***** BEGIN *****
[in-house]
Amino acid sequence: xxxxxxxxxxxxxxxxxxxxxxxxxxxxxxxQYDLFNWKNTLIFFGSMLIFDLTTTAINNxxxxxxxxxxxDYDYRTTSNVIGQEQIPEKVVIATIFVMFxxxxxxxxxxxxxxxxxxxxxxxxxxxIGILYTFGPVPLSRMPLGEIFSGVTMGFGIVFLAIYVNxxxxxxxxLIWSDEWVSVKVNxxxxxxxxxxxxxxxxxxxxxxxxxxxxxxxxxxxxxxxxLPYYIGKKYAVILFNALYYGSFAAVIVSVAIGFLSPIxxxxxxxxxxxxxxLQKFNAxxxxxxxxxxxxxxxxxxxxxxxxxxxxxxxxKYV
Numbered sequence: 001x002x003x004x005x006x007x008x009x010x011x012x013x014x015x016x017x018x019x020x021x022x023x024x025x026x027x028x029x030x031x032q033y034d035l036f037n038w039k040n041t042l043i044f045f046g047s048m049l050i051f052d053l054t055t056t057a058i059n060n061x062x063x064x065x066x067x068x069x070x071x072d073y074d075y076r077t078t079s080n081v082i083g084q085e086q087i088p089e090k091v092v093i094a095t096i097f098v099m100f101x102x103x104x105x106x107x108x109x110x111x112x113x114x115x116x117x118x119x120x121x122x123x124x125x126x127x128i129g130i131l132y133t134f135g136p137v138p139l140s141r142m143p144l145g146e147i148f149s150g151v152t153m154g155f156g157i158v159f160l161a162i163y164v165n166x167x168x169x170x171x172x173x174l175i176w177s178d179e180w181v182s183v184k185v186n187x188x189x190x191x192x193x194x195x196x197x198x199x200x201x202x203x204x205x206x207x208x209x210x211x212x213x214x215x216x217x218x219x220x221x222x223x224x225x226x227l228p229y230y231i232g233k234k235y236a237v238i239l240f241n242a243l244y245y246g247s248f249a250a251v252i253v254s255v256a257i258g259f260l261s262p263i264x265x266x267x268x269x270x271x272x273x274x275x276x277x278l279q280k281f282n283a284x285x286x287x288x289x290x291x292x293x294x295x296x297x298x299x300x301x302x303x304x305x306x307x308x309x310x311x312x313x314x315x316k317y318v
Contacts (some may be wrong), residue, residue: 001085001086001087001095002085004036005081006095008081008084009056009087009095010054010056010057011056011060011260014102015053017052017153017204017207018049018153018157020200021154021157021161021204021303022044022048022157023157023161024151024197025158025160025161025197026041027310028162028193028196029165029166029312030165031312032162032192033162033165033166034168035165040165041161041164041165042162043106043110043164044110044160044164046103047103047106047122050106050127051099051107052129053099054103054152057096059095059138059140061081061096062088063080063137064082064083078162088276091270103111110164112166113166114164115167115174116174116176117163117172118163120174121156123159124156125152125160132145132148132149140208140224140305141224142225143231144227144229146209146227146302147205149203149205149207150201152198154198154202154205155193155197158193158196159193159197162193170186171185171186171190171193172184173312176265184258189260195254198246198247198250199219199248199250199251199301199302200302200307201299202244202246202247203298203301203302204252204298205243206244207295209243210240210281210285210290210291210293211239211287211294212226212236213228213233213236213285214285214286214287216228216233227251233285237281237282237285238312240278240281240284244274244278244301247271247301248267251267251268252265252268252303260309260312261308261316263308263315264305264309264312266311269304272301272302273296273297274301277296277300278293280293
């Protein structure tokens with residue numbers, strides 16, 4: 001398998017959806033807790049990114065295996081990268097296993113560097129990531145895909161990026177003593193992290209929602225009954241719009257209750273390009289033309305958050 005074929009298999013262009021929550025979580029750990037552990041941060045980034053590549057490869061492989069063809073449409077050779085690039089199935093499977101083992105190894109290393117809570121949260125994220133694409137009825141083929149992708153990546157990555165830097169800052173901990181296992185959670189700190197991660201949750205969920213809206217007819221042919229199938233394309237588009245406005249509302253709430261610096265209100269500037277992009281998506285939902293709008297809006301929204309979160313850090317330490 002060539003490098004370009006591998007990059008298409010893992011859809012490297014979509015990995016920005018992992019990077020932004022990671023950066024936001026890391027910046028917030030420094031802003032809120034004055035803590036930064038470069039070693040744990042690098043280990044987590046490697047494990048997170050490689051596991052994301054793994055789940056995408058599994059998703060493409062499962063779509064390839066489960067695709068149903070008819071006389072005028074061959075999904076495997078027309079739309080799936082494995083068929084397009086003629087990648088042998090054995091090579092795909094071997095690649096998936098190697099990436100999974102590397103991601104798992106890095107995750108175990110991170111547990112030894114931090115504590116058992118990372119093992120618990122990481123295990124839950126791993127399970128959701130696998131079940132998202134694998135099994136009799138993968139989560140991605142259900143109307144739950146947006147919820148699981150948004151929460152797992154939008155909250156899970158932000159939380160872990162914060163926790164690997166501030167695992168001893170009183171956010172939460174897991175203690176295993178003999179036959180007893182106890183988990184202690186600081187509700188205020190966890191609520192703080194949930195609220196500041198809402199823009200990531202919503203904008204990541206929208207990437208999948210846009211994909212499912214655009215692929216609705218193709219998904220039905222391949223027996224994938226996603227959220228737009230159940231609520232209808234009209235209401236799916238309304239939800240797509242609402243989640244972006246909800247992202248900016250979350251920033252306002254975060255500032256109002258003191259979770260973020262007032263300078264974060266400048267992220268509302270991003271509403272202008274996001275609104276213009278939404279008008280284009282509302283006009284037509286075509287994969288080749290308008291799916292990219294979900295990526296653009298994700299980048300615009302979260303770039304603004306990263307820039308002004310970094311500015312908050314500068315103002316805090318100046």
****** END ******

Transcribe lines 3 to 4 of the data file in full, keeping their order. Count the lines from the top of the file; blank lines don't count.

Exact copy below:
Numbered sequence: 001x002x003x004x005x006x007x008x009x010x011x012x013x014x015x016x017x018x019x020x021x022x023x024x025x026x027x028x029x030x031x032q033y034d035l036f037n038w039k040n041t042l043i044f045f046g047s048m049l050i051f052d053l054t055t056t057a058i059n060n061x062x063x064x065x066x067x068x069x070x071x072d073y074d075y076r077t078t079s080n081v082i083g084q085e086q087i088p089e090k091v092v093i094a095t096i097f098v099m100f101x102x103x104x105x106x107x108x109x110x111x112x113x114x115x116x117x118x119x120x121x122x123x124x125x126x127x128i129g130i131l132y133t134f135g136p137v138p139l140s141r142m143p144l145g146e147i148f149s150g151v152t153m154g155f156g157i158v159f160l161a162i163y164v165n166x167x168x169x170x171x172x173x174l175i176w177s178d179e180w181v182s183v184k185v186n187x188x189x190x191x192x193x194x195x196x197x198x199x200x201x202x203x204x205x206x207x208x209x210x211x212x213x214x215x216x217x218x219x220x221x222x223x224x225x226x227l228p229y230y231i232g233k234k235y236a237v238i239l240f241n242a243l244y245y246g247s248f249a250a251v252i253v254s255v256a257i258g259f260l261s262p263i264x265x266x267x268x269x270x271x272x273x274x275x276x277x278l279q280k281f282n283a284x285x286x287x288x289x290x291x292x293x294x295x296x297x298x299x300x301x302x303x304x305x306x307x308x309x310x311x312x313x314x315x316k317y318v
Contacts (some may be wrong), residue, residue: 001085001086001087001095002085004036005081006095008081008084009056009087009095010054010056010057011056011060011260014102015053017052017153017204017207018049018153018157020200021154021157021161021204021303022044022048022157023157023161024151024197025158025160025161025197026041027310028162028193028196029165029166029312030165031312032162032192033162033165033166034168035165040165041161041164041165042162043106043110043164044110044160044164046103047103047106047122050106050127051099051107052129053099054103054152057096059095059138059140061081061096062088063080063137064082064083078162088276091270103111110164112166113166114164115167115174116174116176117163117172118163120174121156123159124156125152125160132145132148132149140208140224140305141224142225143231144227144229146209146227146302147205149203149205149207150201152198154198154202154205155193155197158193158196159193159197162193170186171185171186171190171193172184173312176265184258189260195254198246198247198250199219199248199250199251199301199302200302200307201299202244202246202247203298203301203302204252204298205243206244207295209243210240210281210285210290210291210293211239211287211294212226212236213228213233213236213285214285214286214287216228216233227251233285237281237282237285238312240278240281240284244274244278244301247271247301248267251267251268252265252268252303260309260312261308261316263308263315264305264309264312266311269304272301272302273296273297274301277296277300278293280293